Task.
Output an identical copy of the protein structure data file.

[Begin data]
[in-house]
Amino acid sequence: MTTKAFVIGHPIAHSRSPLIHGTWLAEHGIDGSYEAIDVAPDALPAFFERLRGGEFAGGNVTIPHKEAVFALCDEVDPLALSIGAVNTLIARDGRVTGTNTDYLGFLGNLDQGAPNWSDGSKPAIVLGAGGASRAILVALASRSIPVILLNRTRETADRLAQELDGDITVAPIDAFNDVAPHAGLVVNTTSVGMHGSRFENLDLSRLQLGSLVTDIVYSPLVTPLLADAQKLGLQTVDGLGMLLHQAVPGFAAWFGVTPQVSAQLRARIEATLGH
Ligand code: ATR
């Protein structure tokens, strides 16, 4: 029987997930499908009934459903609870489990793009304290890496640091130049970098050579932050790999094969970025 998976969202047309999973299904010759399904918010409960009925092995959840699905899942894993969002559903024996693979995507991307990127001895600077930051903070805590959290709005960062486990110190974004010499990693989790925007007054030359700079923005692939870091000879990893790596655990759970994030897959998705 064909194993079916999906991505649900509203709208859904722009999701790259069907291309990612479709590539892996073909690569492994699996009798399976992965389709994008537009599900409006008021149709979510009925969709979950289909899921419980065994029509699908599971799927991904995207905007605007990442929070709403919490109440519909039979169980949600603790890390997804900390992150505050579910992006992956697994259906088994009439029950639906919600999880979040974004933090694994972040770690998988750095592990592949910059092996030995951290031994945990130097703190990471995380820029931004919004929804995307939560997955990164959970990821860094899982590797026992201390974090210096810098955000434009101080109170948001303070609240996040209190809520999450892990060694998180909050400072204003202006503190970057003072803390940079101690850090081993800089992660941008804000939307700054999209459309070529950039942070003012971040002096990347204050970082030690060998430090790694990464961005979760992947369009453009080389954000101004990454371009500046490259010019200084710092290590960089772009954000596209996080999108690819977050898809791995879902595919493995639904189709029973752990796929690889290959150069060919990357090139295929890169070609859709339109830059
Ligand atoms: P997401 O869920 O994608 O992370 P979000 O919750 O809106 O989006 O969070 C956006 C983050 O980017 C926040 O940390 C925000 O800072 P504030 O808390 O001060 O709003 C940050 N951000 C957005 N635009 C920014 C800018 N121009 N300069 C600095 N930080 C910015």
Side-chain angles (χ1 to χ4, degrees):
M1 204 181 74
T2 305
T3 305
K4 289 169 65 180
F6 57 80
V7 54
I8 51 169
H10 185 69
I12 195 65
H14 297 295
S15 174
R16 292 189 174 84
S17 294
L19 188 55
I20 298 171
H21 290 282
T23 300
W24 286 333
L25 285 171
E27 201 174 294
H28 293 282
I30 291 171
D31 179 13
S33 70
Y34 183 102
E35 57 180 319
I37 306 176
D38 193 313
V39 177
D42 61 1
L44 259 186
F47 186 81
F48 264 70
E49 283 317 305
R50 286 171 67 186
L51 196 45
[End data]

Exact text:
[in-house]
Amino acid sequence: MTTKAFVIGHPIAHSRSPLIHGTWLAEHGIDGSYEAIDVAPDALPAFFERLRGGEFAGGNVTIPHKEAVFALCDEVDPLALSIGAVNTLIARDGRVTGTNTDYLGFLGNLDQGAPNWSDGSKPAIVLGAGGASRAILVALASRSIPVILLNRTRETADRLAQELDGDITVAPIDAFNDVAPHAGLVVNTTSVGMHGSRFENLDLSRLQLGSLVTDIVYSPLVTPLLADAQKLGLQTVDGLGMLLHQAVPGFAAWFGVTPQVSAQLRARIEATLGH
Ligand code: ATR
């Protein structure tokens, strides 16, 4: 029987997930499908009934459903609870489990793009304290890496640091130049970098050579932050790999094969970025 998976969202047309999973299904010759399904918010409960009925092995959840699905899942894993969002559903024996693979995507991307990127001895600077930051903070805590959290709005960062486990110190974004010499990693989790925007007054030359700079923005692939870091000879990893790596655990759970994030897959998705 064909194993079916999906991505649900509203709208859904722009999701790259069907291309990612479709590539892996073909690569492994699996009798399976992965389709994008537009599900409006008021149709979510009925969709979950289909899921419980065994029509699908599971799927991904995207905007605007990442929070709403919490109440519909039979169980949600603790890390997804900390992150505050579910992006992956697994259906088994009439029950639906919600999880979040974004933090694994972040770690998988750095592990592949910059092996030995951290031994945990130097703190990471995380820029931004919004929804995307939560997955990164959970990821860094899982590797026992201390974090210096810098955000434009101080109170948001303070609240996040209190809520999450892990060694998180909050400072204003202006503190970057003072803390940079101690850090081993800089992660941008804000939307700054999209459309070529950039942070003012971040002096990347204050970082030690060998430090790694990464961005979760992947369009453009080389954000101004990454371009500046490259010019200084710092290590960089772009954000596209996080999108690819977050898809791995879902595919493995639904189709029973752990796929690889290959150069060919990357090139295929890169070609859709339109830059
Ligand atoms: P997401 O869920 O994608 O992370 P979000 O919750 O809106 O989006 O969070 C956006 C983050 O980017 C926040 O940390 C925000 O800072 P504030 O808390 O001060 O709003 C940050 N951000 C957005 N635009 C920014 C800018 N121009 N300069 C600095 N930080 C910015």
Side-chain angles (χ1 to χ4, degrees):
M1 204 181 74
T2 305
T3 305
K4 289 169 65 180
F6 57 80
V7 54
I8 51 169
H10 185 69
I12 195 65
H14 297 295
S15 174
R16 292 189 174 84
S17 294
L19 188 55
I20 298 171
H21 290 282
T23 300
W24 286 333
L25 285 171
E27 201 174 294
H28 293 282
I30 291 171
D31 179 13
S33 70
Y34 183 102
E35 57 180 319
I37 306 176
D38 193 313
V39 177
D42 61 1
L44 259 186
F47 186 81
F48 264 70
E49 283 317 305
R50 286 171 67 186
L51 196 45